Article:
This past summer, Creative Capital artists spent four days at a retreat at EMPAC on the RPI campus in Troy, NY. In front of an audience of over 200 curators, presenters, publishers and other arts organizers, artists presented their Creative Capital projects. We’ve uploaded their presentations to our YouTube page. If you have some down time during the holidays, it’s a perfect moment to binge watch these amazing videos!
Visual artist and writer Jen Bervin’s Creative Capital-supported project, Silk Poems, premieres this month in the exhibition Explode Every Day: An Inquiry into the Phenomena of Wonder at MASS MoCA in North Adams, MA. The exhibition includes works by twenty-one international artists that solicit pure wonder, “a liminal state of being poised between knowing and not knowing, and defined by an experience of something truly new.”
Jen’s project and trajectory over the past few years offers a wonderful case study of how Creative Capital supports innovative artists. As an interdisciplinary visual artist and author of nine books, Jen applied to Creative Capital’s 2012 grant round in the Literature category. Her proposal for the Silk Poems merged poetry, textiles and science: she wanted to write a microscopic poem in the form of a silk biosensor.
Bervin was directly inspired by Fiorenzo Omenetto’s cutting-edge research with liquefied silk at Tufts University’s Bioengineering Department’s Silk Lab. Remarkably, the human immune system accepts silk on surfaces as sensitive as the brain.
We kicked off a series of artist discussions, called Creative Conversations, on April 19 that asks artists how they are dealing with important social issues. In the first part of our series we brought five Creative Capital artists together to discuss how they are using their practice to address criminal justice and mass incarceration. You can watch the full video above, or check out highlights from Twitter below on our Storify. Hope you enjoy!
Artist Tahir Hemphill is a creative technologist inspired by hip hop music. A few years ago, he created a database of lyrics from over 50,000 hip hop songs dating from 1979 to present. Using this database–a Creative Capital supported project called the Hip Hop Wordcount–Tahir formed curricula for high school students to learn how to work with data and complete their own independent studies. Beginning this month, Tahir will use his experience teaching students to teach a number of educators to implement his digital learning program across New York City.
The database will also be used in a series of collaborations between himself and “creatives, technologists and cultural critics.” These projects, united as a series called Actual Fact, will pair data visualization with critical scholarship of hop data and society.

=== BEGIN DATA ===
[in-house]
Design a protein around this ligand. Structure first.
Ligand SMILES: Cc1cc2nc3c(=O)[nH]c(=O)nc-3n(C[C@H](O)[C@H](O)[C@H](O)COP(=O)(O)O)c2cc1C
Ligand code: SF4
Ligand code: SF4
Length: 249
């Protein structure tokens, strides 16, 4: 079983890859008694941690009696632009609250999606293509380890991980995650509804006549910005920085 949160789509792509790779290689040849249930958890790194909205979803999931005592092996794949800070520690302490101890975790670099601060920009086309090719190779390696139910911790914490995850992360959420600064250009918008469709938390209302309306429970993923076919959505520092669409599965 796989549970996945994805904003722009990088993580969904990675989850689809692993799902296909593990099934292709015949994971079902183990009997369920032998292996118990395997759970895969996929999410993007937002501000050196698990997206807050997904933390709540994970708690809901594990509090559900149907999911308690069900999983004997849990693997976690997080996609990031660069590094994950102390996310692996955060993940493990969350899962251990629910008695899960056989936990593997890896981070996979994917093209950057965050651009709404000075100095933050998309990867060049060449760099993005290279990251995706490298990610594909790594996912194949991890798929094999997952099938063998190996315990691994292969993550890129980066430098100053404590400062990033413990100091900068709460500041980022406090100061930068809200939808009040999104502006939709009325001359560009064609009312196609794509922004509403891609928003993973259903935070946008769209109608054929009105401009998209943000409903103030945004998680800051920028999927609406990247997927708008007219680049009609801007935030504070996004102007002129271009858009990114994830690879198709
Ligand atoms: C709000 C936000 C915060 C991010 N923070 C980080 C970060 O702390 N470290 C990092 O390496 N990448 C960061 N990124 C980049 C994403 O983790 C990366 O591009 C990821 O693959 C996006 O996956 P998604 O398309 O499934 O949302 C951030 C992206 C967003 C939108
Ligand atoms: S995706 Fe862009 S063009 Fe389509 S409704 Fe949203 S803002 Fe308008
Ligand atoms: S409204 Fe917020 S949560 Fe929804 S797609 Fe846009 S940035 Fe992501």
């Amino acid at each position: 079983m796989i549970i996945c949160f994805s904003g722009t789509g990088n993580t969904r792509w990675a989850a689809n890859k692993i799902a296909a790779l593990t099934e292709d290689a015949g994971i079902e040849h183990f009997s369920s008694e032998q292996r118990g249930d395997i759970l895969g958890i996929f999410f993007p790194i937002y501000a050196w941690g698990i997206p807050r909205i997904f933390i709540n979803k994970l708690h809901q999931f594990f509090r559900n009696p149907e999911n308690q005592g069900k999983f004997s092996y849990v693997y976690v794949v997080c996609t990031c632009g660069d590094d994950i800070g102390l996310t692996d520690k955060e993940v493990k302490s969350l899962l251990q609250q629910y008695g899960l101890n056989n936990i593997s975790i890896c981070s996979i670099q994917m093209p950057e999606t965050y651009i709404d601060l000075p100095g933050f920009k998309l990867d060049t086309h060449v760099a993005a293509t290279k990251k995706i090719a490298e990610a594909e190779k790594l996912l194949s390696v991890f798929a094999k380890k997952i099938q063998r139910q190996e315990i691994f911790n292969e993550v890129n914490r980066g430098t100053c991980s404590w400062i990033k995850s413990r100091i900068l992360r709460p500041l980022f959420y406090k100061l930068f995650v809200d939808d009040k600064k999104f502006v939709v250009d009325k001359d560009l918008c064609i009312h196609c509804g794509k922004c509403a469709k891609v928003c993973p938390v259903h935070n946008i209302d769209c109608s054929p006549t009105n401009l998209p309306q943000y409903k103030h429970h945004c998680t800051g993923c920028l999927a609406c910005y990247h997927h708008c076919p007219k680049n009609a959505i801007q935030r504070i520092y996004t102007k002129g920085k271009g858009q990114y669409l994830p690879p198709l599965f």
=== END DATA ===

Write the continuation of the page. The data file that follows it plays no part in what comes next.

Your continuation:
Brittany Nelson uses the toxic chemicals of old school photography techniques like tintype and Mordancage to create highly detailed abstract images. Watch our profile video to learn more about her process, and look for her work at Volta New York with Morgan Lehman Gallery through March 6!
Louisiana is disappearing. It is breaking apart into the sea. The Gulf of Mexico, aided by sinking land and rising seas, has been swallowing this region at a horrifying rate. To highlight how people in New Orleans are affected by this changing landscape, Mondo Bizarro have put together a traveling, out door performance that is a must see. We interviewed them after they performed Cry You One at the International Festival of Arts & Ideas in New Haven.
To read more about Mondo Bizarro’s performance project, click here.
This past summer we took 86 artists up to Troy, NY, for a four-day retreat at EMPAC on the RPI campus. Throughout the weekend, they gave presentations to some of the country’s top curators and arts organizers about the projects they are developing with the help of Creative Capital.
We’ve uploaded the presentations to our YouTube page. If you have some down time during the holidays, it’s a perfect moment to binge watch these amazing videos!
…the arts were threatened by the dark side, and Creative Capital began a quest to support the nation’s most adventurous creative voices. Our commitment to risk-taking artists has never been stronger, but we need your help to continue this critically important work.
In 2014, Taylor Ho Bynum, a world-class cornetist and composer, set out from Vancouver, Canada with his bike and musical instrument. As he made his way down the west coast, he stopped in various towns presenting solo concerts and playing with ensembles of area musicians. The Acoustic Bicycle Tour, Taylor’s Creative Capital supported project, saw the musician turning a bicycle tour from Canada to Mexico into an “act of composition.”
Writer Sharifa Rhodes-Pitts took over the former Hotel Theresa space in Harlem to create an installation of works by various artists as well as poetry readings to honor the 50th anniversary of Malcolm X’s assassination. We visited the site and spoke to Sharifa about why the community gathering was so relevant to the current events of today, as well as her Creative Capital project, It Is Written.